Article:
Mario Costantini remembers what Milwaukee’s Riverwest and Harambee neighborhoods were like before the Beerline Recreational Trail opened – high crime rates and children playing among trash heaps around the railroad tracks that the trail now follows
“It was a tough neighborhood then,” said Costantini, a local businessman who moved his business to Riverwest in 1986. “There were some gangs in the neighborhood back then. All of our friends thought we were crazy for moving in.”
Thanks to Costantini and local community leaders, the old railway corridor that splits the two neighborhoods has become a catalyst for area revitalization. Joggers, dog walkers and neighbors benefit from the major overhaul that led the project to be recognized as a finalist for the Milwaukee Awards for Neighborhood Development Innovation (MANDI) sponsored by US Bank and LISC Milwaukee.
Although the project was not the winner in its category, “For us being a finalist was a great opportunity to showcase the Beerline Recreational Trail in front of a large audience at a great event,” said Chris Grandt, director of neighborhood development at Riverworks.
Though ground broke on the trail only five years ago, the Beerline Trail story actually begins in 2002, when Costantini said he acquired the land from CMC Railroad for just $1 per foot.
The rehabilitation officially began in 2007, when the city purchased the land and Riverworks Development Corp signed on to coordinate the improvements. Two years and $750,000 later, the trail was completely revamped. Riverworks project leader Chris Grandt said a crew cleaned, removed rail ties and planted nearly 2,000 trees, shrubs and flowers. The crew also installed a multi-use recreational trail and a storm water management system capable of handling up to 3 million gallons per year. Lights were installed to increase safety, Grandt said.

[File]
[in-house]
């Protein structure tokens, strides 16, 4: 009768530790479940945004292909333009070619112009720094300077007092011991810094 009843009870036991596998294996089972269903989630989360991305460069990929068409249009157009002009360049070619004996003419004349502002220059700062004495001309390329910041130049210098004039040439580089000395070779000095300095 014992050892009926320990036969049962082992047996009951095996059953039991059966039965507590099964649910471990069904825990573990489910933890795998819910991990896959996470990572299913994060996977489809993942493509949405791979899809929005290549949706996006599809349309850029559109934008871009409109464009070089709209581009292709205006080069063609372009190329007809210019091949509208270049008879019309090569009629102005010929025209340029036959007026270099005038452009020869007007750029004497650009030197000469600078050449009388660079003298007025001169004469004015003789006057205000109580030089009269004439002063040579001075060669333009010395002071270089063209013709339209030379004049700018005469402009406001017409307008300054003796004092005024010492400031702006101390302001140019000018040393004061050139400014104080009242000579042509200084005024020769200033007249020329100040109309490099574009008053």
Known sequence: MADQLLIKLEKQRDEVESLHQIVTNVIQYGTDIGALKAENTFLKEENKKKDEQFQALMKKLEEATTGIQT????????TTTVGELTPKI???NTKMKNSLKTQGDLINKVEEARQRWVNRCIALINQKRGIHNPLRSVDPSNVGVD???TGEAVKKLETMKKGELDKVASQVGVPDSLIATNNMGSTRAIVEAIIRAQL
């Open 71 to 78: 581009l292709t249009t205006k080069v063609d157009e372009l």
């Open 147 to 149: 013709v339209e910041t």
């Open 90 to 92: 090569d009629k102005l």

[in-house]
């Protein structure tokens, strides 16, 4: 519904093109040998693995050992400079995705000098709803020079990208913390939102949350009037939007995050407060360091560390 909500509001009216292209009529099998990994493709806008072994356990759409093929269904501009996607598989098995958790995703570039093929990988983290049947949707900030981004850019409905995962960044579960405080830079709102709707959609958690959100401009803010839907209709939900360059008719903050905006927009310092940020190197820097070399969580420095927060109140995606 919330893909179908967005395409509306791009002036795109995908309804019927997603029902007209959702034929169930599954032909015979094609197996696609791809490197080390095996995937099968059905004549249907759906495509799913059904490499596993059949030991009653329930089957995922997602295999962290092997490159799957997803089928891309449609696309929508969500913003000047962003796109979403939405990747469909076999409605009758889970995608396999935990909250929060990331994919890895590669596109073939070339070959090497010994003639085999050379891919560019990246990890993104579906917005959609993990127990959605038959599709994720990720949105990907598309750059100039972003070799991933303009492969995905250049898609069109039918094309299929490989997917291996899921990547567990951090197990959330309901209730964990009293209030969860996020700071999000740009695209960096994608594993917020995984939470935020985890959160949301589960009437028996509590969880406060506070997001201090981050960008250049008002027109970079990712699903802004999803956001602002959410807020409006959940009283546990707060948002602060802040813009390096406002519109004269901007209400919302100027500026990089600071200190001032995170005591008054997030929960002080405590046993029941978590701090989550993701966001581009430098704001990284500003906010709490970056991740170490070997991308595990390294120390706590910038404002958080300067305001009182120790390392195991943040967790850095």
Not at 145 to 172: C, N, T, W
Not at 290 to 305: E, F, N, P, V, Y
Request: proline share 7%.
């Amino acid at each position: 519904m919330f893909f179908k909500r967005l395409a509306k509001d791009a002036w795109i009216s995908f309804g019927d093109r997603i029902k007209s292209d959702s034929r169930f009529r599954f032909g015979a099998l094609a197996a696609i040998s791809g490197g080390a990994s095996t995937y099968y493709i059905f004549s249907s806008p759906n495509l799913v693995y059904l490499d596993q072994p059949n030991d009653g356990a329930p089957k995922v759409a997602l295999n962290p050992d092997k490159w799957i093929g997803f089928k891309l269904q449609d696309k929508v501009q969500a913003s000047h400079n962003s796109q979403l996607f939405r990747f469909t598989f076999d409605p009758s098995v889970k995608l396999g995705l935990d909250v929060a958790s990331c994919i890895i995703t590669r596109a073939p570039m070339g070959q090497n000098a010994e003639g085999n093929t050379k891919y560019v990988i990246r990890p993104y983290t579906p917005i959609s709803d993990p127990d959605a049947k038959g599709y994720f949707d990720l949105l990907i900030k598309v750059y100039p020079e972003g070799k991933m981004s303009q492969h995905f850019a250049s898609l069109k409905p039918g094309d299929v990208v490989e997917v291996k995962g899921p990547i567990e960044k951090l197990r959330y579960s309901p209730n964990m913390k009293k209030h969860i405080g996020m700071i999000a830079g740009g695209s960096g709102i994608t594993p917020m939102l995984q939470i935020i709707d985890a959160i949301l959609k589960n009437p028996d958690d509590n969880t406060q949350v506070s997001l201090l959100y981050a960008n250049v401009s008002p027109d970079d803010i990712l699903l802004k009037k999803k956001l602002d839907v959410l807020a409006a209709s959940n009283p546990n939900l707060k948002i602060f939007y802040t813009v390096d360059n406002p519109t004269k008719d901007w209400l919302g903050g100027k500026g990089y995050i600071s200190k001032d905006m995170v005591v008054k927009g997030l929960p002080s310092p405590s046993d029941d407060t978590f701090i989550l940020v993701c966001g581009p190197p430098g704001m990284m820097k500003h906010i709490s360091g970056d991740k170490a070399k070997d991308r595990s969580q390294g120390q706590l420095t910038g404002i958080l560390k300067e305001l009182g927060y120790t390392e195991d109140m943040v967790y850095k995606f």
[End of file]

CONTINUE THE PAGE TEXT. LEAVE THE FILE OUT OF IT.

Since the trail was restored, the neighborhoods have seen several indications of economic improvement. New apartments and condos are being built. New businesses have sprouted along the trail. Companies such as Alterra Coffee have opened offices in Riverwest. Grandt said this new influx of jobs comes at a much-needed time for the Harambee neighborhood.
“Looking at census data, joblessness is about 60 percent in Harambee,” he said. “That’s a super high number. Those numbers are high around the city, but much more high here in the Harambee neighborhood than in Riverwest.”
Local residents have begun to notice some improvements in job prospects.
“I can’t speak as to who is getting hired, but I have noticed more job listings and job offerings in the immediate area,” said Randy Johnson, a barber and Riverwest resident.
Johnson also noted the change in the social atmosphere.
“It’s definitely a lot more lively,” he said. “You get a lot of people strolling with their families. It’s motivation to not sit around, really. You see a lot of people out going back and forth, mingling, whereas before it was really just nothing.”
Not every resident is pleased, however. Diane Bandurski, who lives along the trail, lost her parking space to the project. There are also other problems, she said.
“It was my understanding when the project was suggested that the grounds were going to be cleaned up and they were going to be neatly manicured,” Bandurski said. “But so far, it has not come to that.
For Riverworks, the work is not yet finished. According to Grandt, the city is in talks to acquire the land north of the trail for an extension.
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